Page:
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R.M. Torres, A. Manrique–de–Lara, S. Guillen–Molina, P. Correas; Conventional Phaco versus Microincision Cataract Surgery (MICS) . Invest. Ophthalmol. Vis. Sci. 2006;47(13):636.
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© ARVO (1962-2015); The Authors (2016-present)
To evaluate corneal response and anterior chamber inflammation after conventional coaxial phaco or MICS.
Twenty five consecutive patients (fifty eyes) scheduled for routine cataract surgery were selected to perform this prospective clinical study. One eye was operated by conventional phaco (group 1) and the other eye (from the same patient) was operated by MICS (group 2) after special informed consent was accepted. One surgeon performs all the procedures and phacoemulsification time (time during ultrasound energy was applied) and power (percentage of phaco energy) were assessed for each procedure. The following parameters were evaluated preoperatively and at different postoperative time–points to compare both surgical procedures. Cells in the anterior chamber and corneal edema were clinically evaluated at day 0, 1 and 7. Corneal thickness was measured by ultrasound pachymetry at day 0, 7, 30 and 90. Corneal endothelial cells density was measured by non contact specular microscopy at day 0, 1, 7, 30 and 90.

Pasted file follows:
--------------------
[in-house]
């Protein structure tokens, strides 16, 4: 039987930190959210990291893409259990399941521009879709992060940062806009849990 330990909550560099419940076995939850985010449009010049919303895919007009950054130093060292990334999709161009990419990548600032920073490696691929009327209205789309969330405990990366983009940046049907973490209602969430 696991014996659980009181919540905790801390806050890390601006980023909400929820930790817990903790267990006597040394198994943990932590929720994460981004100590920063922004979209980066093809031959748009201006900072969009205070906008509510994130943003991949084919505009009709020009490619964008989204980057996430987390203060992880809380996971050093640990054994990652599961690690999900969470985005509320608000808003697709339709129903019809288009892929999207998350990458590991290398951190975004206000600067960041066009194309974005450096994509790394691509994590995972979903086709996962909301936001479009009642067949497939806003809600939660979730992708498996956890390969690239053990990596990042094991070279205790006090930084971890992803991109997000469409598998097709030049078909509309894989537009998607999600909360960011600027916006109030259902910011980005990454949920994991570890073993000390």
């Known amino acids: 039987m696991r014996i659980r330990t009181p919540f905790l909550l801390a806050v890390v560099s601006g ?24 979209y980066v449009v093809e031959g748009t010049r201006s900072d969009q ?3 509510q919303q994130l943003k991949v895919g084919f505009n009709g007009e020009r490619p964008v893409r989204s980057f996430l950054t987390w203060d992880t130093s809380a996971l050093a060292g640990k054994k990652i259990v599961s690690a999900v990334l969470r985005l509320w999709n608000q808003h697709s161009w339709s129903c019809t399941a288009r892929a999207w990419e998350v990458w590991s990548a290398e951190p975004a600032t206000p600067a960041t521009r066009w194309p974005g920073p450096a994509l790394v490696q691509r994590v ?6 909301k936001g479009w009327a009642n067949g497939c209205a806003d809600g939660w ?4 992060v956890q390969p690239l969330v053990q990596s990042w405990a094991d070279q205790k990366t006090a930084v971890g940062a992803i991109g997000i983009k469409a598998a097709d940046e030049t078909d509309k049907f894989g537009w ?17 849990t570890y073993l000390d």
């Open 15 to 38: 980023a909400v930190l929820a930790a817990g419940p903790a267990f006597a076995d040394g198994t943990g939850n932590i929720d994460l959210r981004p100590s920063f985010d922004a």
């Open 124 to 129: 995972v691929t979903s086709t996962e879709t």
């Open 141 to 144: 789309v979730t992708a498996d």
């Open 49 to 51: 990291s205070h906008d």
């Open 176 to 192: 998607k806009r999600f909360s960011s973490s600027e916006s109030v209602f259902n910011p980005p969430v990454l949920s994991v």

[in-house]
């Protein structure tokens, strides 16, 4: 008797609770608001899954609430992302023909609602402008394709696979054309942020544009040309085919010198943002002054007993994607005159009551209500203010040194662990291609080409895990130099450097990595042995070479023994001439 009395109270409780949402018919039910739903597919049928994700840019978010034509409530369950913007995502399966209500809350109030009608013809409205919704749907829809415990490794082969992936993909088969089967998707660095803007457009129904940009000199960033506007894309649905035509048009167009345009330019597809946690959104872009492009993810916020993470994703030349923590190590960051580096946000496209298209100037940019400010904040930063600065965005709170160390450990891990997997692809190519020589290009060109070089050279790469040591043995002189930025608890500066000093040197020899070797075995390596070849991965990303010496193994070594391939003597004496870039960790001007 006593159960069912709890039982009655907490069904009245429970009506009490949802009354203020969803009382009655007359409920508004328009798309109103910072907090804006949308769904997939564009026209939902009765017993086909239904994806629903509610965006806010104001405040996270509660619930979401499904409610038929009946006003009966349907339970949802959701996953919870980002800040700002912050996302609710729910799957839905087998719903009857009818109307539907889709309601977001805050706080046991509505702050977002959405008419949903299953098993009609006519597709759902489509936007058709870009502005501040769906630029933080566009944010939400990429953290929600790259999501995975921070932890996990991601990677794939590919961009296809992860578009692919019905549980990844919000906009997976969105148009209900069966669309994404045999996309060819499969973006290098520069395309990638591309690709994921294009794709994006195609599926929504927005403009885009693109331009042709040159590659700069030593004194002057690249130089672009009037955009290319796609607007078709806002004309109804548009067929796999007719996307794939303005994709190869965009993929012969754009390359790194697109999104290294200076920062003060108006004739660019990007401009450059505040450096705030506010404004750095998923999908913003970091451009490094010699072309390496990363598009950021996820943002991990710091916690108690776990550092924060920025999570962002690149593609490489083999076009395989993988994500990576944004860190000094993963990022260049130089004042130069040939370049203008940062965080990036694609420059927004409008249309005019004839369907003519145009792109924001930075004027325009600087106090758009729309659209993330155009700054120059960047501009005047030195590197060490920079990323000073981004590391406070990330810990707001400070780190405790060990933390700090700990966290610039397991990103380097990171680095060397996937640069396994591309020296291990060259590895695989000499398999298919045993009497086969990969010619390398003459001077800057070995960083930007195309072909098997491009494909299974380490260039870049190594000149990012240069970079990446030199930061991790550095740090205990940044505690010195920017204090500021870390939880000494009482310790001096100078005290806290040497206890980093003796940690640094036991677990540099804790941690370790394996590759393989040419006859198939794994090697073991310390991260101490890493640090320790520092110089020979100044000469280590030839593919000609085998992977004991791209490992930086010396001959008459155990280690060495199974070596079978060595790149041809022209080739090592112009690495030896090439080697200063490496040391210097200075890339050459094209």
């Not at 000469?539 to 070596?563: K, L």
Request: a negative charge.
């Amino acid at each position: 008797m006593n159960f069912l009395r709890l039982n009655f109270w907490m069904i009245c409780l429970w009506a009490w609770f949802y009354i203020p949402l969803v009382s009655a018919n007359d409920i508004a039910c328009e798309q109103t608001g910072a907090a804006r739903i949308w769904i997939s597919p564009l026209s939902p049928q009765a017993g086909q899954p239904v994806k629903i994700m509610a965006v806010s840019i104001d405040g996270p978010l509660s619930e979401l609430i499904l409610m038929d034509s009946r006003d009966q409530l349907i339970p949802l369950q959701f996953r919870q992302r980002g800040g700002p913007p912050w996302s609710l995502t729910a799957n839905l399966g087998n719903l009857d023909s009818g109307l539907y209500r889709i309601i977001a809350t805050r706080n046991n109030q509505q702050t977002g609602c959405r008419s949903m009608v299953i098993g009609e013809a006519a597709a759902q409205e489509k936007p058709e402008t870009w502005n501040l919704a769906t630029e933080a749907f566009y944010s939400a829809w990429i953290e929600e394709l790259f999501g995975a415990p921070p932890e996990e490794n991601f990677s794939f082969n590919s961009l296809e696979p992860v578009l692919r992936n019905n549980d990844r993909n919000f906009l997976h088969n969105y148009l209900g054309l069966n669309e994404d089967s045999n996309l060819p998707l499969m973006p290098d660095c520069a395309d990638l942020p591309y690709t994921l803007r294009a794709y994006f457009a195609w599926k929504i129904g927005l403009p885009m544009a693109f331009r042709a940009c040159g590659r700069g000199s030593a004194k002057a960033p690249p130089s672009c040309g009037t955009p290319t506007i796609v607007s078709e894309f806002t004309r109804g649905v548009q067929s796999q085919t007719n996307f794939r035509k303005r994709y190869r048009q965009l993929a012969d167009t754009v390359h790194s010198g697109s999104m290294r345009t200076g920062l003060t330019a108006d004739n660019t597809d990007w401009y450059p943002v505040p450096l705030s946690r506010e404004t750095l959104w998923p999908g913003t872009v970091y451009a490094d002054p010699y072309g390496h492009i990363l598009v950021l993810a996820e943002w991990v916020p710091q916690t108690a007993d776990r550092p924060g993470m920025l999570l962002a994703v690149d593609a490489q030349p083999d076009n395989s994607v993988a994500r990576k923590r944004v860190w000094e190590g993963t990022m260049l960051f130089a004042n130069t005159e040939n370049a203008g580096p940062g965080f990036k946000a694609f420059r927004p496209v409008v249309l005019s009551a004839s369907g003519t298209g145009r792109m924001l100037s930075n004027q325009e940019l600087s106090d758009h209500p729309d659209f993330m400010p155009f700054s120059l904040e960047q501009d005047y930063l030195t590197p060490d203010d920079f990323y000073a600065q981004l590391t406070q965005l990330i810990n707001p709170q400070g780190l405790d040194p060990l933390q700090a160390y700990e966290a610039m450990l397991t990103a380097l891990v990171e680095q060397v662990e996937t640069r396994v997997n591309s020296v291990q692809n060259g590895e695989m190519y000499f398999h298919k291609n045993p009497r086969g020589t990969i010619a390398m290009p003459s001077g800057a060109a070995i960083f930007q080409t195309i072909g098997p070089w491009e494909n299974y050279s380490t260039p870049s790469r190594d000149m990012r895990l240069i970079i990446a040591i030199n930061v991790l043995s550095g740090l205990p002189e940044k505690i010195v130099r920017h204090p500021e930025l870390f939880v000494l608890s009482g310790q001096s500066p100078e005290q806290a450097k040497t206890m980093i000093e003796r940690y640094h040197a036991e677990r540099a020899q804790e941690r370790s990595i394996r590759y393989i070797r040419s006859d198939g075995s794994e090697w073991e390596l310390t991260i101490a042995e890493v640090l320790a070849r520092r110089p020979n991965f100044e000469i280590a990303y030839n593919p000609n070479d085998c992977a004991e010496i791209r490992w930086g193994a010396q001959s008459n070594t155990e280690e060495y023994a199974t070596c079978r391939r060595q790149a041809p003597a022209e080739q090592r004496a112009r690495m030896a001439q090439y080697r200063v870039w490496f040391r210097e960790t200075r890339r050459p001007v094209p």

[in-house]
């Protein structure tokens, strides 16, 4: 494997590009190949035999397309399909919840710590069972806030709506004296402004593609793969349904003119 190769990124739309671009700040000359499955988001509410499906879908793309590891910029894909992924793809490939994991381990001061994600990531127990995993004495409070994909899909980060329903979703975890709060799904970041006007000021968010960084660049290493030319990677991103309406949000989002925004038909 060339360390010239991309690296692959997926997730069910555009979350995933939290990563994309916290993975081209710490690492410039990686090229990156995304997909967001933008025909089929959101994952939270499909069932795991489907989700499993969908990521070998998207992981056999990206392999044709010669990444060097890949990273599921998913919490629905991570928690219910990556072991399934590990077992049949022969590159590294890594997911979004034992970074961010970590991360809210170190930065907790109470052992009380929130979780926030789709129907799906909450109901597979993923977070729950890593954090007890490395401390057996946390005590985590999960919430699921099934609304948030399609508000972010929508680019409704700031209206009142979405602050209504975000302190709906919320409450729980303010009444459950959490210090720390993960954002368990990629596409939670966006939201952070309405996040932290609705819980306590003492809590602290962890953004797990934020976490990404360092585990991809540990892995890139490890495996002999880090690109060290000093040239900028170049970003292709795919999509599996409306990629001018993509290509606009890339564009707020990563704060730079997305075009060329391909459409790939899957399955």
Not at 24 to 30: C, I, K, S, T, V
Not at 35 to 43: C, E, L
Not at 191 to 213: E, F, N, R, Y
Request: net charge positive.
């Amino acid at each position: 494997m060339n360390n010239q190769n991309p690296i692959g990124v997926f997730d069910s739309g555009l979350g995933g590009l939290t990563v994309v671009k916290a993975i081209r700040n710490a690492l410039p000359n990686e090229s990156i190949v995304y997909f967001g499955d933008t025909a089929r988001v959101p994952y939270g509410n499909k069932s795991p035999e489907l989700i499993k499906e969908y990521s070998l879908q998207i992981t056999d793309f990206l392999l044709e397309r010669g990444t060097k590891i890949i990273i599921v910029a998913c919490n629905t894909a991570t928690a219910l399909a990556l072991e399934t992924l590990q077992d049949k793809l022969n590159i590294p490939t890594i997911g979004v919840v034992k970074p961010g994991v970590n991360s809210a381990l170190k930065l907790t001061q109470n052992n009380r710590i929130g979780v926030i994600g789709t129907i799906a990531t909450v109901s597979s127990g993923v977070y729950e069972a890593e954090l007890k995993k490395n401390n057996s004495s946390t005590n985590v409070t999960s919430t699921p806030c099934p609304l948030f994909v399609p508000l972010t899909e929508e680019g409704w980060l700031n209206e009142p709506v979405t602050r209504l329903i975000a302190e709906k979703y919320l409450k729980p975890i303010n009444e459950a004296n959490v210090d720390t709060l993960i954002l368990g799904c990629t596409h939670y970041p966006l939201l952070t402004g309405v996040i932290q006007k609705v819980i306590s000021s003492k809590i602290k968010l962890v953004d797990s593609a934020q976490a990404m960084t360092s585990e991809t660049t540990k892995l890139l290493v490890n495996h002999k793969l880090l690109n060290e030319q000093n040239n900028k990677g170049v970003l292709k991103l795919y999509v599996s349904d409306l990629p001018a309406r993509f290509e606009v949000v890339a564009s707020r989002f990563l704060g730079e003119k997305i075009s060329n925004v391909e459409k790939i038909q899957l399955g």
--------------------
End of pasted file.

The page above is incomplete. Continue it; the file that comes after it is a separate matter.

Phacoemulsification time (seconds): group 1: 0.84; group: 0.47. Phacoemulsification power (%): group 1: 21.9; group 2: 12.7. Clinically, anterior chamber inflammation and corneal edema shows no difference between conventional phaco and MICS.
The preoperatively mean central corneal thickness (µm) was 530 (SD 43) in group 1 and 533 (SD 44) in group 2, with no difference 90 days post–surgery (group 1: 532; group 2: 534).
Preoperatively the mean endothelial cell/mm2 count was in group 1: 2458.6 (SD 429.6); group 2: 2347.7 (SD 385.0). Ninety day after surgery the mean endothelial cell/mm2 count was in group 1: 2243.6 (SD 362.7); group 2: 2154.8 (SD 365.7).
Both procedures show loss of corneal endothelial cells (conventional phaco: 8.7% and MICS 8.2%) but without statistical difference.
MICS needs less ultrasound energy and time than conventional phaco, although corneal response and anterior chamber inflammation shows no clinical difference three months after surgery.
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